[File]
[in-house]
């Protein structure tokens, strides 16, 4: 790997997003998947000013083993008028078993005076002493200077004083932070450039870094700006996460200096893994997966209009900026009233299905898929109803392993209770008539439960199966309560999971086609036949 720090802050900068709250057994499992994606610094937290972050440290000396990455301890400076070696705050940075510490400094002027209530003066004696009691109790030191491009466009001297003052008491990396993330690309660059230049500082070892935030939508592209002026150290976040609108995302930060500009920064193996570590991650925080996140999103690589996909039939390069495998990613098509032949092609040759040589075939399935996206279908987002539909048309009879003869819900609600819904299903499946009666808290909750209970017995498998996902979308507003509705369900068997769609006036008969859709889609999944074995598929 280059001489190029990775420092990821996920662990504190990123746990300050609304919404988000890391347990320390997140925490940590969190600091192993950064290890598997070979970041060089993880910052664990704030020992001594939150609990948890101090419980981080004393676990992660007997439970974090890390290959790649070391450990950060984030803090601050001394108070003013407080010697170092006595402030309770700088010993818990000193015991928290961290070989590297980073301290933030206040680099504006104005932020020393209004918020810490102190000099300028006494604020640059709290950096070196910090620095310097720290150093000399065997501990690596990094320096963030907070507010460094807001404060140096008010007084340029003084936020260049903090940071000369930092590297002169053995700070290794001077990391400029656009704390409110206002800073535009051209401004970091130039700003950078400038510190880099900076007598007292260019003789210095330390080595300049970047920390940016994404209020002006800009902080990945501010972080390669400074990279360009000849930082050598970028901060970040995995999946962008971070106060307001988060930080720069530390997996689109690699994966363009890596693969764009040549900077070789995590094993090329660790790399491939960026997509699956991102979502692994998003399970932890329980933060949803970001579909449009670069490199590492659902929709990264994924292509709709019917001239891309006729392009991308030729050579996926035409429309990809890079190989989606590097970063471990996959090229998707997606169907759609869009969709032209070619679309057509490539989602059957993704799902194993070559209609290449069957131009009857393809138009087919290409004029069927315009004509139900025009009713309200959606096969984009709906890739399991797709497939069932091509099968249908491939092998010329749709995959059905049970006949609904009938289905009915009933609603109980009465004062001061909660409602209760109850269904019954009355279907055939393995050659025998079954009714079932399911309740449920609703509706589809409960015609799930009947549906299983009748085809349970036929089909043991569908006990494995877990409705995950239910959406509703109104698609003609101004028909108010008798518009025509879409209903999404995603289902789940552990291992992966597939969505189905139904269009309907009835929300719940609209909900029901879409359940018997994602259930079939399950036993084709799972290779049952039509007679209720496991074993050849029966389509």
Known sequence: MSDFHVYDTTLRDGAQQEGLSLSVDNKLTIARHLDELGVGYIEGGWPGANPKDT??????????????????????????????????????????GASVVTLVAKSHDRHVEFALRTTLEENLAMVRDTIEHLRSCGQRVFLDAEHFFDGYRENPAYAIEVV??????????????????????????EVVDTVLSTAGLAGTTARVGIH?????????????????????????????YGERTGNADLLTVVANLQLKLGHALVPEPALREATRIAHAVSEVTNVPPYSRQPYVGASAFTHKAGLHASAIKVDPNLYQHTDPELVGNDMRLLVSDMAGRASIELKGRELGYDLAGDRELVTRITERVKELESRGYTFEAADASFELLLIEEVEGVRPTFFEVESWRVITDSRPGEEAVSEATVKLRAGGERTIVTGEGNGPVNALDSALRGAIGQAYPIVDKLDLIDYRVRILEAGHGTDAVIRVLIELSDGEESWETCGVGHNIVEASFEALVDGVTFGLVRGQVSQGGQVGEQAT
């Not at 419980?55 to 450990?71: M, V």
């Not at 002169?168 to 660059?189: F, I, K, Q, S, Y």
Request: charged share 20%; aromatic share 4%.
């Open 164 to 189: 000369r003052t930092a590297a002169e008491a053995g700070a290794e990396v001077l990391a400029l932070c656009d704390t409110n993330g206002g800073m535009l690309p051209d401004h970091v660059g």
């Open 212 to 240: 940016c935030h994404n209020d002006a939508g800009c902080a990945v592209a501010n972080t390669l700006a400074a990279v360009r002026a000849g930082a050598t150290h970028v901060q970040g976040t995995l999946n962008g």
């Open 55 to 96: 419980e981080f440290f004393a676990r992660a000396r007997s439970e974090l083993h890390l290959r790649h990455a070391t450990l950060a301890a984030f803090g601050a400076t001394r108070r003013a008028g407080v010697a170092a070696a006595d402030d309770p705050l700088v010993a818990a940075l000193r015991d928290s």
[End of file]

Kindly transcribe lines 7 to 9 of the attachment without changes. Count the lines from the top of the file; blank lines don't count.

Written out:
């Open 164 to 189: 000369r003052t930092a590297a002169e008491a053995g700070a290794e990396v001077l990391a400029l932070c656009d704390t409110n993330g206002g800073m535009l690309p051209d401004h970091v660059g």
């Open 212 to 240: 940016c935030h994404n209020d002006a939508g800009c902080a990945v592209a501010n972080t390669l700006a400074a990279v360009r002026a000849g930082a050598t150290h970028v901060q970040g976040t995995l999946n962008g």
């Open 55 to 96: 419980e981080f440290f004393a676990r992660a000396r007997s439970e974090l083993h890390l290959r790649h990455a070391t450990l950060a301890a984030f803090g601050a400076t001394r108070r003013a008028g407080v010697a170092a070696a006595d402030d309770p705050l700088v010993a818990a940075l000193r015991d928290s």